Today, Ueno is the first place many overseas travelers reach when they come to Tokyo, because Narita Airport’s Keisei Main Line stops at the nearby Keisei Ueno Station. But Ueno Station has also been the traditional hub for northern long-distance trains coming down from Hokkaido and the Tohoku region for over a century. First opened in 1883, Ueno Station is one of Tokyo’s oldest train stations.
Lines and access
Ueno Station is a major railway hub that services 14 different subway and Shinkansen lines. Long-distance trains connect to Japan’s northern Tohoku and Hokkaido regions. Major lines include the JR Yamanote, which conveniently loops around central Tokyo and includes stops at Shibuya, Harajuku, Shinjuku, Shinagawa and Tokyo Stations. Two of the Tokyo Metro’s lines connect at Ueno Station, so trips to Omotesando, Nihombashi and Asakusa on the Ginza Line or Naka-Meguro, Roppongi and Akihabara on the Hibiya Line are a straight shot from here.
Ueno Station is relatively compact and easy to navigate compared to some of Tokyo’s larger stations, but is still equipped with everything a passenger could need. The station houses multiple coin lockers. On the ground level concourse check for coin lockers near the Shinobazu and Central Exits, or at the Shinkansen transfer area. There are also several coin lockers located on the third floor at the Park and Panda Bridge Exits.
Ueno Station has a taxi and bus pick-up and drop-off area located on the third floor at the Park Exit, but you’ll also find taxis waiting outside the main exit on the ground floor.
Restrooms are located near Shinobazu Gate on the first floor and near the taxi stand and Iriya Exit on the third floor.
There’s a police box near the ground floor Asakusa Exit, but if you’re looking for something you’ve left on the train, head to the second-floor Lost and Found Office. If you’re still a bit confused, look for the JR-operated information booth located near the Central Gate ticket gates on the first floor.
Things to do and see near Ueno Station
The area surrounding Ueno Station is a treasure trove of natural and cultural wonders. Pressed against the station’s west side is the nation’s most-visited public park, Ueno Park. With over 130 acres of walkways, greenery and water features, the expansive area is home to most of Ueno’s major attractions. It’s here you’ll find Japan’s oldest zoo, Ueno Zoo, and its beloved family of pandas, Shin Shin, Ri Ri and daughter Xiang Xiang. Fans and well wishers were recently happy to hear the news that Xiang Xiang will be extending her stay until after the Tokyo 2020 Olympics. For more sights, check out our Top 10 Things to Do in Ueno guide.
The impressive collection of fine art at the Tokyo Metropolitan Art Museum is not to be missed. Inside the park you’ll also find numerous Buddhist temples, Toshogu Shrine and the picturesque five-storied pagoda.
Shopping and dining
Inside Ueno Station itself you’ll find atré Ueno. This mall is a common sight along the JR lines. The east section’s second floor is the place to be when hunger strikes. The floor is lined with restaurants serving up everything from tonkatsu and ramen to pub fare and sandwiches. After fueling up, head to the floor’s gift and souvenir section where you can grab favorites like Tokyo Banana and Ginza Akebono’s wagashi (Japanese-style sweets) to take with you.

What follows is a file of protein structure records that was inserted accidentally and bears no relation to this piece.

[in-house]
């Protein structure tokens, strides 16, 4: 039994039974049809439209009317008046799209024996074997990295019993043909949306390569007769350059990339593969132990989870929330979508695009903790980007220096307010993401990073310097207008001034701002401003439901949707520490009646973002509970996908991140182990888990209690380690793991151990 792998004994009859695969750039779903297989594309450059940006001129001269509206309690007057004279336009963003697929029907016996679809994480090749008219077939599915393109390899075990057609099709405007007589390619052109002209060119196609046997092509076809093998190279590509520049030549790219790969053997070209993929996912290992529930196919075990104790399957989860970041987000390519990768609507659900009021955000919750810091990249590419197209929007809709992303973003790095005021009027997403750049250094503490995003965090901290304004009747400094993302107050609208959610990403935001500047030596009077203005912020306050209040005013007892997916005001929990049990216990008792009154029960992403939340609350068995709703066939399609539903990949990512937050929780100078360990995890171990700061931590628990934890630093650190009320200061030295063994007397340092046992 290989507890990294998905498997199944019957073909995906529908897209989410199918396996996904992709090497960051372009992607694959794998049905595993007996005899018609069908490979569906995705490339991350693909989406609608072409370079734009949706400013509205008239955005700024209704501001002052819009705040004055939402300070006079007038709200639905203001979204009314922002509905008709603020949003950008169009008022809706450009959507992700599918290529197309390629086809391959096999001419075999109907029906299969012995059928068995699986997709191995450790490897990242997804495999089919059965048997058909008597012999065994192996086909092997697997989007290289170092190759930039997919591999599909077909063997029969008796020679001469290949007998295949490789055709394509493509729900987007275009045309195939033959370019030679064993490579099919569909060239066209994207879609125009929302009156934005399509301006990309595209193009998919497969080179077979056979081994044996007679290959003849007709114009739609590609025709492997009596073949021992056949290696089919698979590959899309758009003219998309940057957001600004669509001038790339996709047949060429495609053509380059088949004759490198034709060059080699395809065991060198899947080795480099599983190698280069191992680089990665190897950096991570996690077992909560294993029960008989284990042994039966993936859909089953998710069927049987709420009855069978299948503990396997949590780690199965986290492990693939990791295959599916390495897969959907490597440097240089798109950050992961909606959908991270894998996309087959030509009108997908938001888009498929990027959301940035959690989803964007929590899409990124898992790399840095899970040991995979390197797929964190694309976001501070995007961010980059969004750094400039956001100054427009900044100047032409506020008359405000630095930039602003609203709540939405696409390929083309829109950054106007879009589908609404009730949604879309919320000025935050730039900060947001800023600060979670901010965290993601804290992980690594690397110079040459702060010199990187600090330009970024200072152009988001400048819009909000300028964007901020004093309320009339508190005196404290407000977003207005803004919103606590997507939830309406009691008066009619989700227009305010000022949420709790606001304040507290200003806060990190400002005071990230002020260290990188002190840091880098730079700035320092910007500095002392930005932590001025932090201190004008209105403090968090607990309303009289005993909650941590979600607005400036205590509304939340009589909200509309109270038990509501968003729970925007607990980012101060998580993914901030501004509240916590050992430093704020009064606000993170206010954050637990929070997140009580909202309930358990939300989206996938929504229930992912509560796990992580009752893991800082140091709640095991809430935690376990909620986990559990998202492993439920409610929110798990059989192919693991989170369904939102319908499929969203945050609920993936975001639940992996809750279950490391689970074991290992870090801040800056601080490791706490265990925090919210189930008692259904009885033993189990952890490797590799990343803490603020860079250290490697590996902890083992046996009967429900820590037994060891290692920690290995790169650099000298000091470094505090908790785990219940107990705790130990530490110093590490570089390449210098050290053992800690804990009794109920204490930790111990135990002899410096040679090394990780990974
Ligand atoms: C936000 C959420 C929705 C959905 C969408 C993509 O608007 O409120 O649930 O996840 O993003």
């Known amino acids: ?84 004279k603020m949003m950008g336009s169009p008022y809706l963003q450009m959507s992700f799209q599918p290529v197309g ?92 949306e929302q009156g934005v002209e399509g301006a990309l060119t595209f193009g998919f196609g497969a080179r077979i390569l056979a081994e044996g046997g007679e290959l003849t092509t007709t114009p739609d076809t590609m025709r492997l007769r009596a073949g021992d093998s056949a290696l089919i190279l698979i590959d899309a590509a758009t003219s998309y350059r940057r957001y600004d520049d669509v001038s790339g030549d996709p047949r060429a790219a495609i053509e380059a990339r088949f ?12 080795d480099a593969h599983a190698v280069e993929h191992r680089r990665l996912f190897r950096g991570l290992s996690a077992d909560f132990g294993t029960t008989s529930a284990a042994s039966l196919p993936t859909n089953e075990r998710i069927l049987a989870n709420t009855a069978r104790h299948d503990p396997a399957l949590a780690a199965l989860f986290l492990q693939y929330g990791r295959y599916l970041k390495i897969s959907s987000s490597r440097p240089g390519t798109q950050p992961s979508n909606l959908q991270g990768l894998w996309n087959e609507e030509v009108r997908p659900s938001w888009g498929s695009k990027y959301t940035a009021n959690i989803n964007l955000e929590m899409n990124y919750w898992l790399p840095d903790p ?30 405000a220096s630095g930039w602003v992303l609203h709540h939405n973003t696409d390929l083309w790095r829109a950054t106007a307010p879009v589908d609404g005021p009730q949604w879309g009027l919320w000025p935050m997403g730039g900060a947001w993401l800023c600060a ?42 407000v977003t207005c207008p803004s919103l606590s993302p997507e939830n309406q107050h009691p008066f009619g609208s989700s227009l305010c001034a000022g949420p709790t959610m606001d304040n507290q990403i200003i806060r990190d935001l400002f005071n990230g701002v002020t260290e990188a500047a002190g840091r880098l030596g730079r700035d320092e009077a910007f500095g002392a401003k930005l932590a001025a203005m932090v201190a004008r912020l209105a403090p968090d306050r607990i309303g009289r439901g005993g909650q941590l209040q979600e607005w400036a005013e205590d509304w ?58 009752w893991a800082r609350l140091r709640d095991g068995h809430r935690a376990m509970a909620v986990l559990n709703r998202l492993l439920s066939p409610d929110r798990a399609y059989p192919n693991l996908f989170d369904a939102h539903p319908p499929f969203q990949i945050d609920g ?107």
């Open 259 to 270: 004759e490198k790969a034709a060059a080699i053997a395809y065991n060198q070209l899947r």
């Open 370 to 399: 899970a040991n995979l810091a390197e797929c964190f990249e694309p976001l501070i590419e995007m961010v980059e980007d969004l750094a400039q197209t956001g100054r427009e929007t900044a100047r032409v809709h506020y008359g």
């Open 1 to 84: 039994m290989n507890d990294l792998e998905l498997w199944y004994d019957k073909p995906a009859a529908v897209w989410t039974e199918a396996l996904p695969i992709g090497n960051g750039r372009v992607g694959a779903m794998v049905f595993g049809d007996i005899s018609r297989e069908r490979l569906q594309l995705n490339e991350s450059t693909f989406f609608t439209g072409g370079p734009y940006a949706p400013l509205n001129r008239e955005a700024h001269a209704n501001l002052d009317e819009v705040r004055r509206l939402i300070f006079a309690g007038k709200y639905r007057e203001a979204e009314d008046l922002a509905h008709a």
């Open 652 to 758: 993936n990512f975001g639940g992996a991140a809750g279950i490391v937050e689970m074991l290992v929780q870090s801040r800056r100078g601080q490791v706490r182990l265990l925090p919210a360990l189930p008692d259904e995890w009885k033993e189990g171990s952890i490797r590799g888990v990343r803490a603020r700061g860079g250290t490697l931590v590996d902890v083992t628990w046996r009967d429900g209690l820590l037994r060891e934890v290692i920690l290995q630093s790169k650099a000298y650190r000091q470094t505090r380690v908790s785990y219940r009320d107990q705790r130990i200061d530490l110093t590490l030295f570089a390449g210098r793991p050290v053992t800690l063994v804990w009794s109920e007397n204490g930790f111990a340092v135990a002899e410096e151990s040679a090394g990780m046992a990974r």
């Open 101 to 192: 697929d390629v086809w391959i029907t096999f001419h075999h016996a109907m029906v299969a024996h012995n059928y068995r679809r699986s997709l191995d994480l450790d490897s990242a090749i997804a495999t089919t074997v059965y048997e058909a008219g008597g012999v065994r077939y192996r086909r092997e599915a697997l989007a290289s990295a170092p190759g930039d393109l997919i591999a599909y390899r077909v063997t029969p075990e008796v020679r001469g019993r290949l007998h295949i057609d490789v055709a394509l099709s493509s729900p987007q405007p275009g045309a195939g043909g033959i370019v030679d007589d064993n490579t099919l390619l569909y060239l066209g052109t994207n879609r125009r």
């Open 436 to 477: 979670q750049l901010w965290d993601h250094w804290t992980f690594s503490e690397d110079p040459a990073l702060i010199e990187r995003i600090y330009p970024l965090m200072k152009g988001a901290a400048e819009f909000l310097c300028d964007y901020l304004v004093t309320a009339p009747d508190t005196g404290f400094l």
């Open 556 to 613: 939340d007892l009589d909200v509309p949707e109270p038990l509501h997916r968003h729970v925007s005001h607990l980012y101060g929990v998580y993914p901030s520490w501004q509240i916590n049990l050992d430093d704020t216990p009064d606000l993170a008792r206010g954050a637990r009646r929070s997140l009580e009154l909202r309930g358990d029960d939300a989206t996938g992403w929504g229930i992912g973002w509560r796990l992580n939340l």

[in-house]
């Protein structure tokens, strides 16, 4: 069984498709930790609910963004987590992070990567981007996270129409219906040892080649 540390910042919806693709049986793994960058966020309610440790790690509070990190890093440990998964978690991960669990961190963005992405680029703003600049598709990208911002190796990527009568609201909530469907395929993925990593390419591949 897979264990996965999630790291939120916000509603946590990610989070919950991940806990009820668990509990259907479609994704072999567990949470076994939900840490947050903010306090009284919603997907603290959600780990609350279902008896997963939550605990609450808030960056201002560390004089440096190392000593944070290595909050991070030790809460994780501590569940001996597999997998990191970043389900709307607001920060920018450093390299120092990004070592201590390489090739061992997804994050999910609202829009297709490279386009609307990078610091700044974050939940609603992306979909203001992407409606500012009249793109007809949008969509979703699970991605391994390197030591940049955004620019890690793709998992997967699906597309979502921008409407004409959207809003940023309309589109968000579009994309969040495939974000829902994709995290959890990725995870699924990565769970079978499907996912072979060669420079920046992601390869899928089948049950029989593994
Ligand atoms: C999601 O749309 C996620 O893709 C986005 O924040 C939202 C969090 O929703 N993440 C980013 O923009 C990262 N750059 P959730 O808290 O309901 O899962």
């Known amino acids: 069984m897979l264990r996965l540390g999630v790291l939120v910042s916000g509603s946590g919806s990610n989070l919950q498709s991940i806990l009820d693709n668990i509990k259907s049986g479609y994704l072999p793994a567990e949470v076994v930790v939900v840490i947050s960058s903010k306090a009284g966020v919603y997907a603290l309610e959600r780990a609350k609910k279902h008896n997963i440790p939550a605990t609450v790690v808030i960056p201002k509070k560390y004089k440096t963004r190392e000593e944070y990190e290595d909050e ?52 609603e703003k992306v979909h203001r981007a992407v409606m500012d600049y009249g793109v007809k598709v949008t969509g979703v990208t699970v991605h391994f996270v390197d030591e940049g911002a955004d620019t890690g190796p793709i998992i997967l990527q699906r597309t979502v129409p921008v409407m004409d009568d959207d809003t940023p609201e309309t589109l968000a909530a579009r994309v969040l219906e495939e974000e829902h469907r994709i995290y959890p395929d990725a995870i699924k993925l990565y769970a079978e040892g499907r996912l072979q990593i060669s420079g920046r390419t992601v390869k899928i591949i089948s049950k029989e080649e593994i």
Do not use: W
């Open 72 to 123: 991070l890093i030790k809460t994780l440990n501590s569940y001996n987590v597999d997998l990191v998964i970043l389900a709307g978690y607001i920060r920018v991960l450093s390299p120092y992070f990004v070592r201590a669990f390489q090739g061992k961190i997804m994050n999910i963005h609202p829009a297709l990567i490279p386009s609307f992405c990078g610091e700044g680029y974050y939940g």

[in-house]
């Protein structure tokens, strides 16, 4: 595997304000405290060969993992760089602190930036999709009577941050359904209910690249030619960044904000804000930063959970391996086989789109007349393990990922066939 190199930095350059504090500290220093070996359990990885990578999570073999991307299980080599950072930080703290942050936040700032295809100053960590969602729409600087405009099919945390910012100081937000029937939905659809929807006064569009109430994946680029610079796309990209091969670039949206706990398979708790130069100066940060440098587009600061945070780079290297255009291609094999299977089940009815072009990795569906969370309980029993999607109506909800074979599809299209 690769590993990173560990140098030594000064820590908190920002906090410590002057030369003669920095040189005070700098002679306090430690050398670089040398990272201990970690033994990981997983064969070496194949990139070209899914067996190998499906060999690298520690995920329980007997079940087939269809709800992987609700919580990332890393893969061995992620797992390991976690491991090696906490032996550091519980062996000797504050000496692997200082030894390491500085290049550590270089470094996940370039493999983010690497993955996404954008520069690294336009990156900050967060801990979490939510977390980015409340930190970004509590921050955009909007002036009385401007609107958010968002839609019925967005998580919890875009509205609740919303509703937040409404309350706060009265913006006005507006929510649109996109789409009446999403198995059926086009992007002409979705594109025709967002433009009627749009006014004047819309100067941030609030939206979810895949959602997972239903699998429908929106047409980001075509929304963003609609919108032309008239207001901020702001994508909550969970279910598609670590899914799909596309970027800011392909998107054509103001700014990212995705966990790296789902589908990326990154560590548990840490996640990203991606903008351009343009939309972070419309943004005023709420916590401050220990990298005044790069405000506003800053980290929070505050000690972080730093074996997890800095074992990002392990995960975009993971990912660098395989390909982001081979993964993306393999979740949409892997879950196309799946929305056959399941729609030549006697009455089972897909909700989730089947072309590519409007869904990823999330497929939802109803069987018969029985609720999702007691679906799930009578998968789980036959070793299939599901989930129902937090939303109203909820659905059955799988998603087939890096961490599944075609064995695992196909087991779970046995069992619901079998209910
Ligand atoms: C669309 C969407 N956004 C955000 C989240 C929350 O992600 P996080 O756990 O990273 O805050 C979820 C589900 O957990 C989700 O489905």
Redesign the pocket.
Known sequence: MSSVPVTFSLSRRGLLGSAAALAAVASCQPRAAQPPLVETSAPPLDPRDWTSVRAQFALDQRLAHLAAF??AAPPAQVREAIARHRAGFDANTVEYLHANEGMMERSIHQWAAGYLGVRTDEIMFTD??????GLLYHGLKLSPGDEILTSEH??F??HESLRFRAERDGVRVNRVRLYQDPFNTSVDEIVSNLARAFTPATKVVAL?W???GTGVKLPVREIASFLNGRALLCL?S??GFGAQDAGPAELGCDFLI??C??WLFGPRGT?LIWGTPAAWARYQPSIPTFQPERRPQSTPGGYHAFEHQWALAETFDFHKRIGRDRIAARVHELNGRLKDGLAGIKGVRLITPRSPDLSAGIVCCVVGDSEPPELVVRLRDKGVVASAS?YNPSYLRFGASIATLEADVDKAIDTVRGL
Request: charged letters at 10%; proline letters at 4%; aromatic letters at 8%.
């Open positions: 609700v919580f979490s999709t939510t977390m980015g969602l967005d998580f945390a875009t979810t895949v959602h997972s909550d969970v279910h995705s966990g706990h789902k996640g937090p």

Lifestyle and fashion goods are located on atré’s first floor in the west section of the building. United Arrows is a popular spot for both men and women while Rope Picnic and Urban Research are recommended for ladies’ fashion. But this section’s must-see is Andersen, a bakery that makes the most of Ueno’s love of all things panda.
If you have time, don’t miss Ueno’s liveliest shopping street, Ameya Yokocho, nicknamed Ameyoko for short. This pedestrian-only zone began as a black market in the years following World War II, and is just steps away from Ueno Station’s Hirokoji Exit toward Okachimachi Station. You’ll find everything from shoes, bags and clothes to fresh fish, souvenirs and candy, as the area is home to nearly 200 shops big and small.
Accommodation around Ueno Station
Hotel Sunroute Stellar Ueno – This upscale business hotel is a great option for those who value comfort. The rooms are well-equipped and include flat screen TVs, free on-demand television and wifi. It’s conveniently located just minutes away from Ueno Station on foot.
Grids Hotel & Hostel – This newer option opened in October 2019 and has rooms for any size group, from dormitory rooms for the solo traveler to large family rooms that can fit up to six adults. Guests can enjoy the stylish lobby bar and lounge, and the guest rooms themselves are minimalist.
Mimaru Tokyo Ueno East – For longer stays, Mimaru is one of the top-rated properties in Tokyo. The apartment style rooms are luxuriously appointed with private kitchen and dining areas. This condo-style hotel is located just a block east of Ueno Station.Tags: keisei line, ueno park, ueno station
This post was written by Alicia Hamasaki